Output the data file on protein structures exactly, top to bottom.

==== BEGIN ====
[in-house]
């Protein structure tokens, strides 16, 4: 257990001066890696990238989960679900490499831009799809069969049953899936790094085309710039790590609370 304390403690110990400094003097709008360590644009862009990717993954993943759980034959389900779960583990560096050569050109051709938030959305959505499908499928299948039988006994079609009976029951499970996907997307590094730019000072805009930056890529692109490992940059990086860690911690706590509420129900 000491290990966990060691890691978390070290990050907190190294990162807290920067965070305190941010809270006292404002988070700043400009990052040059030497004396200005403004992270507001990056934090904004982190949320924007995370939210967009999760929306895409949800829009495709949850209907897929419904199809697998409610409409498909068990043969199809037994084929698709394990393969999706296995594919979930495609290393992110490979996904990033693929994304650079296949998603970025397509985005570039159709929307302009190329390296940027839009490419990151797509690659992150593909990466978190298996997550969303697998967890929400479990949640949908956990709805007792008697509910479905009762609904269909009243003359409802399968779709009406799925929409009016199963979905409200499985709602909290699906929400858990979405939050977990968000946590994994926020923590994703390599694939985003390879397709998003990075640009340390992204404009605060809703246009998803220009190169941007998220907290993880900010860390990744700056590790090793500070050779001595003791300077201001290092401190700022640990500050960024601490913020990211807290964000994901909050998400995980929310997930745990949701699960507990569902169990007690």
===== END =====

[in-house]
């Protein structure tokens, strides 16, 4: 257990001066890696990238989960679900490499831009799809069969049953899936790094085309710039790590609370 304390403690110990400094003097709008360590644009862009990717993954993943759980034959389900779960583990560096050569050109051709938030959305959505499908499928299948039988006994079609009976029951499970996907997307590094730019000072805009930056890529692109490992940059990086860690911690706590509420129900 000491290990966990060691890691978390070290990050907190190294990162807290920067965070305190941010809270006292404002988070700043400009990052040059030497004396200005403004992270507001990056934090904004982190949320924007995370939210967009999760929306895409949800829009495709949850209907897929419904199809697998409610409409498909068990043969199809037994084929698709394990393969999706296995594919979930495609290393992110490979996904990033693929994304650079296949998603970025397509985005570039159709929307302009190329390296940027839009490419990151797509690659992150593909990466978190298996997550969303697998967890929400479990949640949908956990709805007792008697509910479905009762609904269909009243003359409802399968779709009406799925929409009016199963979905409200499985709602909290699906929400858990979405939050977990968000946590994994926020923590994703390599694939985003390879397709998003990075640009340390992204404009605060809703246009998803220009190169941007998220907290993880900010860390990744700056590790090793500070050779001595003791300077201001290092401190700022640990500050960024601490913020990211807290964000994901909050998400995980929310997930745990949701699960507990569902169990007690």